A riot is an ugly thing.
The anarchical mayhem in the streets of Paris in recent days paint a picture of a fractured society with deep-seated problems—a breakdown of the fragile yet essential rule of law.
– 70% of French voters believe democracy doesn't work well in France
– Only 11% trust political parties
– 24% trust the media
– 63% of young French were ready for a large-scale revolt
The gilets jaunes protests were almost inevitable https://t.co/hGrlVTsnyJ pic.twitter.com/cPcaybyNfl
— Bloomberg Opinion (@bopinion) December 3, 2018
While we’ve come to expect such things in France, there are specific reasons why these protests have erupted in the last month.
The “climate” agenda, peddled as a means to save the planet and reduce inequality, is being exposed in France as an agenda inherently at odds with the interests of middle- and working-class people.
Last year, a wide range of American and international media, celebrities, and activists excoriated President Donald Trump for pulling the United States out of the international Paris climate agreement. Trump said in 2017 that he would put “no other consideration before the well-being of American citizens” and that he would reject an agreement that would force taxpayers to “absorb the cost in terms of lost jobs, lower wages, shuttered factories, and vastly diminished economic production.”
Former Vice President and climate change activist Al Gore said at the time that leaving the deal was a “reckless and indefensible action.”
But Americans may in fact have a better grasp of their interests than a tiny elite across the pond and in America’s powerful media institutions. For proof, look to the streets of Paris.
Paris is now burning, and French President Emmanuel Macron, who was once widely praised as a kind of “centrist” savior of the global community, is in hot political waters.
Macron’s approval ratings sit at 23 percent in a recent poll, according to Reuters, a new low for his presidency. The “yellow vest” protesters, as they’ve been called, have forced his administration to back off its proposed new gas and utility taxes.
The protesters appear to come from a vast swath of French society and don’t fit neatly on the ideological spectrum. They’ve rebelled against high taxes while also calling for increases in the minimum wage.
Alas, the consequences of living in a society where the government is involved in every aspect of a person’s life.
“France’s violent Yellow Vest protests are now about many domestic concerns, but it’s no accident that the trigger was a fuel-tax hike,” read an editorial for The Wall Street Journal. “Nothing reveals the disconnect between ordinary voters and an aloof political class more than carbon taxation.”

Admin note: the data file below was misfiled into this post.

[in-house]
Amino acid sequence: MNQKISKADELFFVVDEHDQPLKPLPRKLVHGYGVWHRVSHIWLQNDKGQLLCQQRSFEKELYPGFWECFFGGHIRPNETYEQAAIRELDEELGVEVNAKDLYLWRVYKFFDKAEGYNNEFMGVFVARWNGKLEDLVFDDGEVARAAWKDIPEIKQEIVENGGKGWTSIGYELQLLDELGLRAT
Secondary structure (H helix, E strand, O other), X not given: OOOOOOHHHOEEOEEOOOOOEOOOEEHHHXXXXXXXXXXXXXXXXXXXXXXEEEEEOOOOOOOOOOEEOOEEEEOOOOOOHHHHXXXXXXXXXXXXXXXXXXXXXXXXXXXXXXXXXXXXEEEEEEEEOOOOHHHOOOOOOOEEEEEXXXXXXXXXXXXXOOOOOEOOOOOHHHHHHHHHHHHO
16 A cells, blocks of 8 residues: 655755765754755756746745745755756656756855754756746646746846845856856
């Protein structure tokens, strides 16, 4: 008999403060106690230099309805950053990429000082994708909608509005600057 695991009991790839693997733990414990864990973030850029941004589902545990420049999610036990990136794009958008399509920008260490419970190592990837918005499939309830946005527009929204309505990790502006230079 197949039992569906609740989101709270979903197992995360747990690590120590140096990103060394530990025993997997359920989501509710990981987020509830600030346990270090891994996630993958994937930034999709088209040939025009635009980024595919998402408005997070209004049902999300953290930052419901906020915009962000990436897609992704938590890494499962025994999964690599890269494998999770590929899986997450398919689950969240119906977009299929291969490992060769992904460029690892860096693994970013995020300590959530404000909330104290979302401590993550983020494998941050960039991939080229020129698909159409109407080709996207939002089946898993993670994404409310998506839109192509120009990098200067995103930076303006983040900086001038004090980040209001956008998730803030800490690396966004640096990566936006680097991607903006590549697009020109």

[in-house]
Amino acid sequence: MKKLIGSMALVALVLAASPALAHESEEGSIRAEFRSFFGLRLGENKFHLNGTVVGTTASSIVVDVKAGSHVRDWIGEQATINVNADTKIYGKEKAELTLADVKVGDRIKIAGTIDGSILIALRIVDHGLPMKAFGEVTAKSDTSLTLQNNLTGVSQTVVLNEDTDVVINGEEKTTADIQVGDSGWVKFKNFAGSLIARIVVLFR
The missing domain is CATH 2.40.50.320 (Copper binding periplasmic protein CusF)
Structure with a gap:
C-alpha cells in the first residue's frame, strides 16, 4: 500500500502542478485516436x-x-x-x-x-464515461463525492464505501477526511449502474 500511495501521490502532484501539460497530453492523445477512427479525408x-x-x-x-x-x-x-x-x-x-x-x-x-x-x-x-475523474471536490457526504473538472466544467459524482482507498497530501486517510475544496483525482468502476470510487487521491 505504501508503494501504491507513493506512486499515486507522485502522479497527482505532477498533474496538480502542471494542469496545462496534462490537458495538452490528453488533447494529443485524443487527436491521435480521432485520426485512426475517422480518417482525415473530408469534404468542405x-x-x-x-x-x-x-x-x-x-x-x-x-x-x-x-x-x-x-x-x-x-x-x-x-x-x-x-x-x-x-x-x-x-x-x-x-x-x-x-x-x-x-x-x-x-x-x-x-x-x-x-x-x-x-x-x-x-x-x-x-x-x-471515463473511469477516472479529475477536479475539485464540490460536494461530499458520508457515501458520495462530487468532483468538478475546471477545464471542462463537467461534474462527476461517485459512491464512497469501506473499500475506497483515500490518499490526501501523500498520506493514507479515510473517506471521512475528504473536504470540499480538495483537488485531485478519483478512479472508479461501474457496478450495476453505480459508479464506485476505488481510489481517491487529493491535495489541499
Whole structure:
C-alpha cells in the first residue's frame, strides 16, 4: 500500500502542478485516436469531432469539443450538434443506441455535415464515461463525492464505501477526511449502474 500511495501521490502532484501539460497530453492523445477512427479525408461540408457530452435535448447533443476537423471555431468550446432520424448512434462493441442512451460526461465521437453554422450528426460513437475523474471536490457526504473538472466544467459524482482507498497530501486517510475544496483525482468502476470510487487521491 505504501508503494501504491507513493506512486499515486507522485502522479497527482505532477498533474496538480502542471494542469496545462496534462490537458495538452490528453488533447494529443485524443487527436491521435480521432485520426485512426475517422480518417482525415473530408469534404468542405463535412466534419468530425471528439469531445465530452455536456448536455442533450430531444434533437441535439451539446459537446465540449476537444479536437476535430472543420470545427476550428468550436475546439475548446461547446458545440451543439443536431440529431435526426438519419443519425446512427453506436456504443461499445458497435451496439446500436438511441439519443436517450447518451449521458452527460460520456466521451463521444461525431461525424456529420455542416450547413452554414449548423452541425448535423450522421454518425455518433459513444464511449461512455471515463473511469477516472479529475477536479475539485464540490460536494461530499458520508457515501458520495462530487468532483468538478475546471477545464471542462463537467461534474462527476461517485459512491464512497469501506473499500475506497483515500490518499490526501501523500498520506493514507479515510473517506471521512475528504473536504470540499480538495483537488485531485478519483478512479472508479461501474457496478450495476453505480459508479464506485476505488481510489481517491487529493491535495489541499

France’s widespread use of nuclear power has allowed it to move a bit further away from the carbon economy in terms of energy costs, but its transportation sector is still highly reliant on oil, The Wall Street Journal noted.
Nicolas Loris, an economist and regulatory expert at The Heritage Foundation, highlighted the widespread economic harm that’s caused by “green” policies:
Global warming regulations for new and existing power plants will drive electricity bills higher for families and businesses. Fuel efficiency mandates for cars, trucks, and heavy-duty vehicles increase the up-front cost of vehicles by thousands of dollars. Methane regulations on oil and gas would introduce burdensome, complex processes that would likely slow the industry’s current efforts to reduce emissions, which have been falling for decades.
For the average person, the cost of the war on climate change can be severe.
In a country like France, which is already dealing with economic hardship, low growth, and high joblessness rates, you have a recipe for disaster.
Maybe there is something to be said about leaders asserting national self-interest after all.
The shocking images of riots are nevertheless emblematic of the collapse of the green agenda and the animosity it engenders from the people it harms: the forgotten men—squeezed by regulations and taxes—who don’t count themselves among the privileged few who receive generous green energy subsidies.
In France, many see this dysfunctional system as inevitable and unchangeable without extreme recourse.
Certainly, we should deplore the mobs and destruction of property. In America, we’d hope that our differences can be solved through elections, deliberation, and peaceful protest, if necessary.
This is certainly possible as long as we maintain our constitutional system and a cultural respect for the rule of law that the Founding Fathers and generations of Americans blessed us with.
While France’s economy is stagnant, the U.S. economy has been booming—in part due to the flourishing oil industry and the curtailment of regulations that were a hallmark of the Obama era.
Are the conditions in Europe really what we want to replicate in the U.S.?
California is going down this path, and perhaps the new Congress will as well. But the chaos in France should serve as a stern warning of what lies down the road.